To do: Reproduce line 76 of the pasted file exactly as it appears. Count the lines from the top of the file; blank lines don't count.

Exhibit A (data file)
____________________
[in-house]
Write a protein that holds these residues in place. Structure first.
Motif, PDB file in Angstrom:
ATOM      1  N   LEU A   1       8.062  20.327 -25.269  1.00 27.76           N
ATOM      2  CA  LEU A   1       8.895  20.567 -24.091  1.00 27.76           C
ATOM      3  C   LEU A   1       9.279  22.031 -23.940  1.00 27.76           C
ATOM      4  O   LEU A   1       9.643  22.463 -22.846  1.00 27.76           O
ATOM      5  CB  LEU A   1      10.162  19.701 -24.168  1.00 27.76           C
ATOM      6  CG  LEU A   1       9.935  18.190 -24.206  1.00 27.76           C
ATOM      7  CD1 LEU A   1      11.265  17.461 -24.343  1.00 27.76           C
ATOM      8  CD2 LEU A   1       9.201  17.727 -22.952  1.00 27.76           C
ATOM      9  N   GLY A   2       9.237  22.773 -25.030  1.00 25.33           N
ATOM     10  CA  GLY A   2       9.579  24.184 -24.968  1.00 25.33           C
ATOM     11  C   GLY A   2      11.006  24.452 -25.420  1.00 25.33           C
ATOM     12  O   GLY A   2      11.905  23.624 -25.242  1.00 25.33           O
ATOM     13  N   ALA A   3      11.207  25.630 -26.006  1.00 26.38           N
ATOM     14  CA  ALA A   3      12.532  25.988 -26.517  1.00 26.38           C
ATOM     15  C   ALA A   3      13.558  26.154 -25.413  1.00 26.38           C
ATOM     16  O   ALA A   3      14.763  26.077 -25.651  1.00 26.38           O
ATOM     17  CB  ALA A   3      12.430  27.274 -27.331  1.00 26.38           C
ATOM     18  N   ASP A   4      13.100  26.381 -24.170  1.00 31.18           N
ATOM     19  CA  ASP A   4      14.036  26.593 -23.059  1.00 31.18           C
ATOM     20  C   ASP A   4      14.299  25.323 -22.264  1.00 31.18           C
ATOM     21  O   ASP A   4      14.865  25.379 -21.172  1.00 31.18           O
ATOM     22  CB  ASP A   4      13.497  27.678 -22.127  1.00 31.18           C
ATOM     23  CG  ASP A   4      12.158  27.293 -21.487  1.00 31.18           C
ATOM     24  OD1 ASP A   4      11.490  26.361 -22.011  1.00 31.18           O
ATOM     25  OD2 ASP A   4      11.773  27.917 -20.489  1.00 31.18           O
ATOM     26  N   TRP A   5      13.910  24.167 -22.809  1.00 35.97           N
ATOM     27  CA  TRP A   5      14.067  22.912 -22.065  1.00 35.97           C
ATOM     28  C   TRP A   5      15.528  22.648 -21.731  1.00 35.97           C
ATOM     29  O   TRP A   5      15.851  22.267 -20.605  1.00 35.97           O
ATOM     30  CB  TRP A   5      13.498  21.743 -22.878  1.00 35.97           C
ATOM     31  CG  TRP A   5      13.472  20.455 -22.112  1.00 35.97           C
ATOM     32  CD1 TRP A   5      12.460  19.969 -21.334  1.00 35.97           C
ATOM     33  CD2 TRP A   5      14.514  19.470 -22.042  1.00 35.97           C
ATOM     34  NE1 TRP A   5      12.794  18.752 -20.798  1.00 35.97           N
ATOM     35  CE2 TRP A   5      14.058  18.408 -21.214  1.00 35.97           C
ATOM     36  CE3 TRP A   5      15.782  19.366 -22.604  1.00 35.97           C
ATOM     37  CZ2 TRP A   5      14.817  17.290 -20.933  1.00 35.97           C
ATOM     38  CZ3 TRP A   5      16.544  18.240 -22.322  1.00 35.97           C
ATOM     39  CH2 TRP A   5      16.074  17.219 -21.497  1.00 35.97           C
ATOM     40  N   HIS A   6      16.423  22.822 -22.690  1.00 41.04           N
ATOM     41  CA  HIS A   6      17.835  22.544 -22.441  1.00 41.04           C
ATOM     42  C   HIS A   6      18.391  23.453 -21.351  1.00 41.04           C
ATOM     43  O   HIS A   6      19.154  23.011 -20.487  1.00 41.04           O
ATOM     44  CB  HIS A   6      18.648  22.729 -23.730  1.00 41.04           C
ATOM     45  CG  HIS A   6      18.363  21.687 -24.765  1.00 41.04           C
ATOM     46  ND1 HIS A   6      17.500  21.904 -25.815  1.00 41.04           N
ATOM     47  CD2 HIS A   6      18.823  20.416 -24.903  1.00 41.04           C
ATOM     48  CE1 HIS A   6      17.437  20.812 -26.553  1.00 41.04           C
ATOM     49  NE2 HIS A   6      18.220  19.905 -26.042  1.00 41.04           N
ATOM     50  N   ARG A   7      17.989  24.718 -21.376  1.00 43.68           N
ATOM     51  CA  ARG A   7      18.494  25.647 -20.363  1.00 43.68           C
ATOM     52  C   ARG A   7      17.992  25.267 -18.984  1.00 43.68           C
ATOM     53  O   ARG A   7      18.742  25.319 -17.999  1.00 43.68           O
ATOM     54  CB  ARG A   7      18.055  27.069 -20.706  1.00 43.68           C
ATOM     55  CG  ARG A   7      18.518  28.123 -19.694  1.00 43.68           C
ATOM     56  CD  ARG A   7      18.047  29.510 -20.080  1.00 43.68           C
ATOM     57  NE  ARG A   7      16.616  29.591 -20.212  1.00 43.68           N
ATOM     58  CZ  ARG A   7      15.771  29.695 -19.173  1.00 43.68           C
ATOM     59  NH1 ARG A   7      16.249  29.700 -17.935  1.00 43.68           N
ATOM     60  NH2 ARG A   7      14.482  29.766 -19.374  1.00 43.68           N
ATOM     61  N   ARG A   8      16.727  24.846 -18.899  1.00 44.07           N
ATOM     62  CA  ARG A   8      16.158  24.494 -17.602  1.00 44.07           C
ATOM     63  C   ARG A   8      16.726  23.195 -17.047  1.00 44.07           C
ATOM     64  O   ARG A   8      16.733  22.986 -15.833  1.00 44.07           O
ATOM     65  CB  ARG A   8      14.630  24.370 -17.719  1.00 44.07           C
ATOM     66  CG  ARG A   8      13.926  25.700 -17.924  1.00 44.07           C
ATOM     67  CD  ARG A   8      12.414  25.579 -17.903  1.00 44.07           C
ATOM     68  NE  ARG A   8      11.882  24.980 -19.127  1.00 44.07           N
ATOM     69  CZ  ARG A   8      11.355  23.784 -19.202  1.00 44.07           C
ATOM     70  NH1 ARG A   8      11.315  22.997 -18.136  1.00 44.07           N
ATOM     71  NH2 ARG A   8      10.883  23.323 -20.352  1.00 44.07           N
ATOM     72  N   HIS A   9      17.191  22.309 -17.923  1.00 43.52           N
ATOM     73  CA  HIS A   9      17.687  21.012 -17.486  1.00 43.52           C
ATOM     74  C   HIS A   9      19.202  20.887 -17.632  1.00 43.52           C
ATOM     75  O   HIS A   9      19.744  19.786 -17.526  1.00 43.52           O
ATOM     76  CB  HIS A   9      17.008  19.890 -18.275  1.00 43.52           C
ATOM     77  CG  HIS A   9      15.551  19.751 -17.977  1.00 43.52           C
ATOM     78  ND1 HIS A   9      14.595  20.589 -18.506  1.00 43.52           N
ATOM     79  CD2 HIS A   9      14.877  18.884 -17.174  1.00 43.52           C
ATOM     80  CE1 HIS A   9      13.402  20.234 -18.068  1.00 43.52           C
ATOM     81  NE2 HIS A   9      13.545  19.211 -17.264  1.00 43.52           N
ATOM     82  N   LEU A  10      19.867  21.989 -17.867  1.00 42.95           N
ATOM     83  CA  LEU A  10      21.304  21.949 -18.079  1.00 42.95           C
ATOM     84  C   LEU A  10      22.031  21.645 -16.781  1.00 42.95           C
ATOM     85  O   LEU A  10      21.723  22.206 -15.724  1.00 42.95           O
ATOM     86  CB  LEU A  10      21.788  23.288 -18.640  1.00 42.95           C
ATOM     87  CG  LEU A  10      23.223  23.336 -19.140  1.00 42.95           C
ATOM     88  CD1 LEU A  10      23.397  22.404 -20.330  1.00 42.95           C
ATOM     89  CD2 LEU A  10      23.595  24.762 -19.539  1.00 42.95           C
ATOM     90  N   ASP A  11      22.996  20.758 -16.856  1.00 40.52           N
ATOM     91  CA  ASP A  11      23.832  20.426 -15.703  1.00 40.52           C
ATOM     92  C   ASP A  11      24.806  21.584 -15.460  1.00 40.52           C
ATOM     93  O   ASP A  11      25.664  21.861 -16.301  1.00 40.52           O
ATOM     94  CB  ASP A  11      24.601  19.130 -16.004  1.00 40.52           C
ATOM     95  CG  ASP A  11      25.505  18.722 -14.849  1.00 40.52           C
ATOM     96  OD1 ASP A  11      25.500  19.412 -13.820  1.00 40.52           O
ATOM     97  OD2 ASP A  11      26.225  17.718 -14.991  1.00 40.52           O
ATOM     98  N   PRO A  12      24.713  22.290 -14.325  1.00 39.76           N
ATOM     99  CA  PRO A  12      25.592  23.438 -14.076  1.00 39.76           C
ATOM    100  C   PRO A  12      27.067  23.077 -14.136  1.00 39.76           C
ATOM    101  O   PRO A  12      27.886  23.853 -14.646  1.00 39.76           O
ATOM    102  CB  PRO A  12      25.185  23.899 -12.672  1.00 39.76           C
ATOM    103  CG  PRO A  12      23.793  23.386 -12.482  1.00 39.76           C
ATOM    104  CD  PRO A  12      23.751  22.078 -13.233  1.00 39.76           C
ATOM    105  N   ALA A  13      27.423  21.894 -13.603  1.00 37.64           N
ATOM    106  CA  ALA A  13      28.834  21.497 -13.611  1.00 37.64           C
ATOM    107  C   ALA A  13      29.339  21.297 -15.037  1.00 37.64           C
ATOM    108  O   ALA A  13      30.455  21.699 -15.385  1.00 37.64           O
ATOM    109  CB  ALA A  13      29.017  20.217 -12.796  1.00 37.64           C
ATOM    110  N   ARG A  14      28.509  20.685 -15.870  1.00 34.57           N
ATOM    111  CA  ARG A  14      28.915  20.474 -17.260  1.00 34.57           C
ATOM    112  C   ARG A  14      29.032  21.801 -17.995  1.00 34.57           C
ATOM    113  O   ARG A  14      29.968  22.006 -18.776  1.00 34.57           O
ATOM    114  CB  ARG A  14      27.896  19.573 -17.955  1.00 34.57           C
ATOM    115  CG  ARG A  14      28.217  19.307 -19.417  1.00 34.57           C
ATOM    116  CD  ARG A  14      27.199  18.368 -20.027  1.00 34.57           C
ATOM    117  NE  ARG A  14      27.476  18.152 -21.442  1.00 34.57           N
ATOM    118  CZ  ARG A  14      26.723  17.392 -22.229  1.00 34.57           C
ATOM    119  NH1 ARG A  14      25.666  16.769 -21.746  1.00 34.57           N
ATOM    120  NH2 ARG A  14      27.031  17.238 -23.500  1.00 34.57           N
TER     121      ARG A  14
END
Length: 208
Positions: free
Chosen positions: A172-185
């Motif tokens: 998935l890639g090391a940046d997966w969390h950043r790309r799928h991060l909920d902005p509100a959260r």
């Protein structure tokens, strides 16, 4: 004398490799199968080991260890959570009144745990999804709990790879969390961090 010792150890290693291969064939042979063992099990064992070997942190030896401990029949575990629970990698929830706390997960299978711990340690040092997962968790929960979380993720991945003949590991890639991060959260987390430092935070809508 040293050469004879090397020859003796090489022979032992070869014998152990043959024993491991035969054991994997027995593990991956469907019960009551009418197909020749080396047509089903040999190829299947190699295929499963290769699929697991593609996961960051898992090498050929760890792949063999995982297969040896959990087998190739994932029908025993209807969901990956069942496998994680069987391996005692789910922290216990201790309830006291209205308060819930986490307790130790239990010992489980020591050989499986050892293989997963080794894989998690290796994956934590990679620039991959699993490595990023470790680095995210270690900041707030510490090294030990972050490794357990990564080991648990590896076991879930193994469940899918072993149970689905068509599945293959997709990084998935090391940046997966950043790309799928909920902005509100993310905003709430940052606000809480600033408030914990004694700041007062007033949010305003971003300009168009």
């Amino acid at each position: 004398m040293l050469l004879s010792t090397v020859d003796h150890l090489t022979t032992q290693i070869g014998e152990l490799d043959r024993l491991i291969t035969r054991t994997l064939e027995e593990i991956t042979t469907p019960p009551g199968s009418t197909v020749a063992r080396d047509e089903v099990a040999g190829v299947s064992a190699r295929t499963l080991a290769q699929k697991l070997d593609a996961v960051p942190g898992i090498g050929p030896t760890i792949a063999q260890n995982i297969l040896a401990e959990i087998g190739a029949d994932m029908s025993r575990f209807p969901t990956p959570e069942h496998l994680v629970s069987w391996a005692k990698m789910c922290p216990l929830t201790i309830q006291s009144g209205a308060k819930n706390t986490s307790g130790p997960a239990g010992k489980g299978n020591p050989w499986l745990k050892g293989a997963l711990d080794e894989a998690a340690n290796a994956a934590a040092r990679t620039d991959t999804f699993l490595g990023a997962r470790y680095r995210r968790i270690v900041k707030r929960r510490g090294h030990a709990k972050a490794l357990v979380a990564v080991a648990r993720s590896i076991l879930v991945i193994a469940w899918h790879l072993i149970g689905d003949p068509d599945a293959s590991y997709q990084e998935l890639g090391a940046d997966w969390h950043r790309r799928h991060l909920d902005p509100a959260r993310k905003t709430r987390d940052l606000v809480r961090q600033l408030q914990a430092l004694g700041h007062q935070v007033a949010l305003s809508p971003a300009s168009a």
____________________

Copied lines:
ATOM     73  CA  HIS A   9      17.687  21.012 -17.486  1.00 43.52           C